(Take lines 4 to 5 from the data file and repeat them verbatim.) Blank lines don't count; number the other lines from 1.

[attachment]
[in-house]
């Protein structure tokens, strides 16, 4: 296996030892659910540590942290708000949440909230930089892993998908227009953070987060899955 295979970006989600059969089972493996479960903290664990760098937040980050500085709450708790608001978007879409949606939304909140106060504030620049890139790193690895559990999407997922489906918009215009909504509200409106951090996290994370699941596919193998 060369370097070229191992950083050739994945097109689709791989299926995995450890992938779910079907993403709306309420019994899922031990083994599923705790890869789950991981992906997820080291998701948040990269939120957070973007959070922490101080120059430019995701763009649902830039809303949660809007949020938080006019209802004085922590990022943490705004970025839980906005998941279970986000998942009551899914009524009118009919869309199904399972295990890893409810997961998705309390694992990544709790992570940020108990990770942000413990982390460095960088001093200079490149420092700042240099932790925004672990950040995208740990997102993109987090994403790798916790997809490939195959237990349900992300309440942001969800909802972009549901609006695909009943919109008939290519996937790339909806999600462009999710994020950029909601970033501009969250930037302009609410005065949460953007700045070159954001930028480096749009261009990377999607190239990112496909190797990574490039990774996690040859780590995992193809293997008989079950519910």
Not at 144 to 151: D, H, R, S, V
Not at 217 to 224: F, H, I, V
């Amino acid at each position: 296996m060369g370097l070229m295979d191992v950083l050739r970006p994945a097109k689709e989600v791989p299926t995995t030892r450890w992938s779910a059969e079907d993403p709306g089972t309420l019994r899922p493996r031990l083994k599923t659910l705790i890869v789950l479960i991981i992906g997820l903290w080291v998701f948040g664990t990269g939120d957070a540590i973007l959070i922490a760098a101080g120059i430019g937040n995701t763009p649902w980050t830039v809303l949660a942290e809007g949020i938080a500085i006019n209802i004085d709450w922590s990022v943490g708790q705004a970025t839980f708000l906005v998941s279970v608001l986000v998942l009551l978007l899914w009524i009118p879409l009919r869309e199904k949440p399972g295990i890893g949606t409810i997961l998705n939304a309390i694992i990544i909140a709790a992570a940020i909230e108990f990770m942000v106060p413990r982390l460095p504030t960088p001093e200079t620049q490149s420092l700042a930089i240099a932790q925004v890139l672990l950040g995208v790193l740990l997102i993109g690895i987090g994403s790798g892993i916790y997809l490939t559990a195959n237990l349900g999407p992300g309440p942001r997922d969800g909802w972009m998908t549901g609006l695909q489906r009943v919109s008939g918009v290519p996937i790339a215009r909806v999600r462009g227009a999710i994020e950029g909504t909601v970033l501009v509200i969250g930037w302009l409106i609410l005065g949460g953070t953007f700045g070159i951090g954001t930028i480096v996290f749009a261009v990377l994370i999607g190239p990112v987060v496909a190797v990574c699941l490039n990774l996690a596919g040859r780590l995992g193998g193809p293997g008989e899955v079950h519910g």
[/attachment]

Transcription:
Not at 217 to 224: F, H, I, V
């Amino acid at each position: 296996m060369g370097l070229m295979d191992v950083l050739r970006p994945a097109k689709e989600v791989p299926t995995t030892r450890w992938s779910a059969e079907d993403p709306g089972t309420l019994r899922p493996r031990l083994k599923t659910l705790i890869v789950l479960i991981i992906g997820l903290w080291v998701f948040g664990t990269g939120d957070a540590i973007l959070i922490a760098a101080g120059i430019g937040n995701t763009p649902w980050t830039v809303l949660a942290e809007g949020i938080a500085i006019n209802i004085d709450w922590s990022v943490g708790q705004a970025t839980f708000l906005v998941s279970v608001l986000v998942l009551l978007l899914w009524i009118p879409l009919r869309e199904k949440p399972g295990i890893g949606t409810i997961l998705n939304a309390i694992i990544i909140a709790a992570a940020i909230e108990f990770m942000v106060p413990r982390l460095p504030t960088p001093e200079t620049q490149s420092l700042a930089i240099a932790q925004v890139l672990l950040g995208v790193l740990l997102i993109g690895i987090g994403s790798g892993i916790y997809l490939t559990a195959n237990l349900g999407p992300g309440p942001r997922d969800g909802w972009m998908t549901g609006l695909q489906r009943v919109s008939g918009v290519p996937i790339a215009r909806v999600r462009g227009a999710i994020e950029g909504t909601v970033l501009v509200i969250g930037w302009l409106i609410l005065g949460g953070t953007f700045g070159i951090g954001t930028i480096v996290f749009a261009v990377l994370i999607g190239p990112v987060v496909a190797v990574c699941l490039n990774l996690a596919g040859r780590l995992g193998g193809p293997g008989e899955v079950h519910g």